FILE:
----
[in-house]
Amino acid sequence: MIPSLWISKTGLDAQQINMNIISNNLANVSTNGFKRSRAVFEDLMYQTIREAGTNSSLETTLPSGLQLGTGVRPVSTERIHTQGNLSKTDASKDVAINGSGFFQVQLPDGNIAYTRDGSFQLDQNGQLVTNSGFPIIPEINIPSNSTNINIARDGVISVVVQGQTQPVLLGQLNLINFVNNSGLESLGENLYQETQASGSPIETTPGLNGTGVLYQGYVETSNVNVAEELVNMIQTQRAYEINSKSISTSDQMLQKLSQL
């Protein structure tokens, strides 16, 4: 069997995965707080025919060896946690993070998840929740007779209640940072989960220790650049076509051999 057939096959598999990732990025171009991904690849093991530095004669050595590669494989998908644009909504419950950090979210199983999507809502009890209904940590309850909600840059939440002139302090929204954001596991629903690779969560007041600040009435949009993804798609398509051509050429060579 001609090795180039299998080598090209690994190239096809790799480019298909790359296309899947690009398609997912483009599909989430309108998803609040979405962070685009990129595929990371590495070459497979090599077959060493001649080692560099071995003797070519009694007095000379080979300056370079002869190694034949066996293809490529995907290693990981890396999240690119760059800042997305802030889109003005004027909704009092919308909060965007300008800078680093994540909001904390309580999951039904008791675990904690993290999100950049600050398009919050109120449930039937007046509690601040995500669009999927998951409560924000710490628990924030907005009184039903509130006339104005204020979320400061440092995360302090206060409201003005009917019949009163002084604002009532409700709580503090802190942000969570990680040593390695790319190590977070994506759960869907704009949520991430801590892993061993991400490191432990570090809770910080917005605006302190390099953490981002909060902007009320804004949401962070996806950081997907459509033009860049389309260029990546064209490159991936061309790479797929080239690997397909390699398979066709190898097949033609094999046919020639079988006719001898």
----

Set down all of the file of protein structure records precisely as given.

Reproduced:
[in-house]
Amino acid sequence: MIPSLWISKTGLDAQQINMNIISNNLANVSTNGFKRSRAVFEDLMYQTIREAGTNSSLETTLPSGLQLGTGVRPVSTERIHTQGNLSKTDASKDVAINGSGFFQVQLPDGNIAYTRDGSFQLDQNGQLVTNSGFPIIPEINIPSNSTNINIARDGVISVVVQGQTQPVLLGQLNLINFVNNSGLESLGENLYQETQASGSPIETTPGLNGTGVLYQGYVETSNVNVAEELVNMIQTQRAYEINSKSISTSDQMLQKLSQL
């Protein structure tokens, strides 16, 4: 069997995965707080025919060896946690993070998840929740007779209640940072989960220790650049076509051999 057939096959598999990732990025171009991904690849093991530095004669050595590669494989998908644009909504419950950090979210199983999507809502009890209904940590309850909600840059939440002139302090929204954001596991629903690779969560007041600040009435949009993804798609398509051509050429060579 001609090795180039299998080598090209690994190239096809790799480019298909790359296309899947690009398609997912483009599909989430309108998803609040979405962070685009990129595929990371590495070459497979090599077959060493001649080692560099071995003797070519009694007095000379080979300056370079002869190694034949066996293809490529995907290693990981890396999240690119760059800042997305802030889109003005004027909704009092919308909060965007300008800078680093994540909001904390309580999951039904008791675990904690993290999100950049600050398009919050109120449930039937007046509690601040995500669009999927998951409560924000710490628990924030907005009184039903509130006339104005204020979320400061440092995360302090206060409201003005009917019949009163002084604002009532409700709580503090802190942000969570990680040593390695790319190590977070994506759960869907704009949520991430801590892993061993991400490191432990570090809770910080917005605006302190390099953490981002909060902007009320804004949401962070996806950081997907459509033009860049389309260029990546064209490159991936061309790479797929080239690997397909390699398979066709190898097949033609094999046919020639079988006719001898």